Writing your Script with Arc Studio
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Now let’s look at how the actual writing of your script is done in Arc Studio.
If you’re a completely new writer and this is your very first screenplay, it’s good to familiarize yourself a little bit with the most basic, general rules of screenplay formatting first.
This helps you understand why we’re using all the elements that are there on the page, and when to apply which.
So, once you know how they work, at least on a basic level, and you’ve created your screenplay in Arc Studio, click on it in the Dashboard, and the program takes you to the “Script” view, which, for now, is nothing but an empty page with a blinking cursor staring at you.
If you take a look at the left side of the cursor, you’ll see a little symbol there, most probably it’s going to be a person that is running. At least I suppose it’s running. Maybe it’s dancing. I don’t know.
If you click on it, a drop-down menu appears that shows you all the possible screenplay elements that you can choose from here.
The person represents an action line, and apart from that you can also choose the other usual elements, like scene headings, character names, parentheticals, dialogue, shots, and transitions.
For now, let’s just focus on the main screenplay formatting elements.
So, whenever you need to change the element that you want to use, you can just click on the left-hand symbol and select another one.
Most of the time, you won’t even need to use this drop-down menu, because you can switch easily between the most-used elements with the TAB and ENTER key.
If you’ve been using other screenwriting software like Final Draft, Movie Magic Screenwriter, or others before, you will already be used to the process.
So, let’s suppose we don’t want to start with an action line, but rather with a scene heading.
To change an empty element to a different element, just press the ENTER key.
The element menu opens and you can select “Scene”.
Now you see that Arc Studio already offers you the three usual choices for starting a scene heading, namely “INT.”, “EXT.” And “I/E.”, in case the scene is interior and exterior, for example when you write it from the inside and the outside of a car.
In case the correct element is highlighted already, you can just hit the TAB key without typing a letter.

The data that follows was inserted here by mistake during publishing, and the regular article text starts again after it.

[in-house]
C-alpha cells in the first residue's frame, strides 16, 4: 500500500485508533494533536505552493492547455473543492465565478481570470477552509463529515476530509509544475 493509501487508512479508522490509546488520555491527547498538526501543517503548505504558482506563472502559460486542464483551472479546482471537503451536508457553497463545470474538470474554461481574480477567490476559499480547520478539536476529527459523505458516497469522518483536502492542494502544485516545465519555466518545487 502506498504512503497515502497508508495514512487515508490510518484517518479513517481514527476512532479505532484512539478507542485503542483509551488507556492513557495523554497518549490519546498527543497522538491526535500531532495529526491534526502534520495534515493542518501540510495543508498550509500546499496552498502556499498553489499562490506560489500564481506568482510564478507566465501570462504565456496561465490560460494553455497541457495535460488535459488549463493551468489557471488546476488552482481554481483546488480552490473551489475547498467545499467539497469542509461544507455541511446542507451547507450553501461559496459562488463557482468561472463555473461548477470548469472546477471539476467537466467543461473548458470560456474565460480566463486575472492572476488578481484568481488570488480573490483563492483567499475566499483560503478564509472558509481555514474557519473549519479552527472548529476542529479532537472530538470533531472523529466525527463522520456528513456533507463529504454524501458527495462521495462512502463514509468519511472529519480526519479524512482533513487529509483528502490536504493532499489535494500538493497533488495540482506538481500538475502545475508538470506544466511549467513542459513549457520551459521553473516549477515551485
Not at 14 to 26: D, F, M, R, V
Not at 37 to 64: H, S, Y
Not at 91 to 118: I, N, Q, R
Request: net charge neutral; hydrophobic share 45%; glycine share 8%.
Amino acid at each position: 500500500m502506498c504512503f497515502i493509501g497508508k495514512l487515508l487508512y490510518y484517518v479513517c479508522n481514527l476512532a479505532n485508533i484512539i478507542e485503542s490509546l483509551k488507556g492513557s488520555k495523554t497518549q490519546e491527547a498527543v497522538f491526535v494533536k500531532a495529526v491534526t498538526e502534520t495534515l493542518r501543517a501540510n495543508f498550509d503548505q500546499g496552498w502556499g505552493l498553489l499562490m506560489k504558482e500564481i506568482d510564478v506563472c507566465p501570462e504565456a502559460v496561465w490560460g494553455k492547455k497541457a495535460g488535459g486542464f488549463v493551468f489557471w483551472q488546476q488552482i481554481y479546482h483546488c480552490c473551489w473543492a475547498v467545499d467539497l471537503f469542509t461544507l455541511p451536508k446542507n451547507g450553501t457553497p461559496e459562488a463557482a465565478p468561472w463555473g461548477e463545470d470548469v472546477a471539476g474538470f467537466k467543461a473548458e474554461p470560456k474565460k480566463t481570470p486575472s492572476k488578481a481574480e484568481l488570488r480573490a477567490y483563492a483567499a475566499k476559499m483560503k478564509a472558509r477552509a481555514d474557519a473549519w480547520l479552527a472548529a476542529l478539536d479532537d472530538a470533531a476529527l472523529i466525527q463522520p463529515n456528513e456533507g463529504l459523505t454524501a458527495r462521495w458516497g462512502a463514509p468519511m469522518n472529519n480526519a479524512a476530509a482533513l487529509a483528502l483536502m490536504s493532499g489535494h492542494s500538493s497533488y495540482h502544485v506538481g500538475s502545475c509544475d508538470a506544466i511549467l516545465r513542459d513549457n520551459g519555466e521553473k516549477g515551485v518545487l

Now, Arc Studio wants us to write the location, so let’s put something there, and then we hit the TAB key again, and now, in the same way as before, we get a menu, a bigger one this time, so select time of day.
The program now jumps to the next line, and you see there is the action line icon at the left side again, because usually after a scene heading we will want to write an action line.
So, let’s put something there, just for demonstration purposes, and then, at the end of the action line, I can choose:
If I want to write another action paragraph, I can hit enter, and that brings me to another, empty action line.
Or, if I want to continue with dialogue, I hit TAB, and Arc Studio jumps to the “Character” element and I can write a character name.
Now, this jumping from element to element with TAB and ENTER is pretty straightforward. If you’re completely new to screenwriting, you might get a little bit used to it, but I’m sure you’ll figure it out in no time.
Just try out what the TAB and ENTER keys do in every element. Sometimes, you can also go back to the empty element that was selected before, if you press SHIFT+TAB.
So, just give it a try, and you will see that after a very short time you will use these keys totally intuitively without thinking about it anymore.
And remember, anytime you need an element that Arc Studio doesn’t offer you anyway, just hit the ENTER key in an empty element and you get the menu.
One more thing.
In case you need extra formatting like bold, italics, strikethrough, etc.
That’s very easy to do. Just select the text you want to format, and then at the bottom of the screen there is a formatting menu, just pic the one you need, like you would in other writing application like Microsoft Word, or others.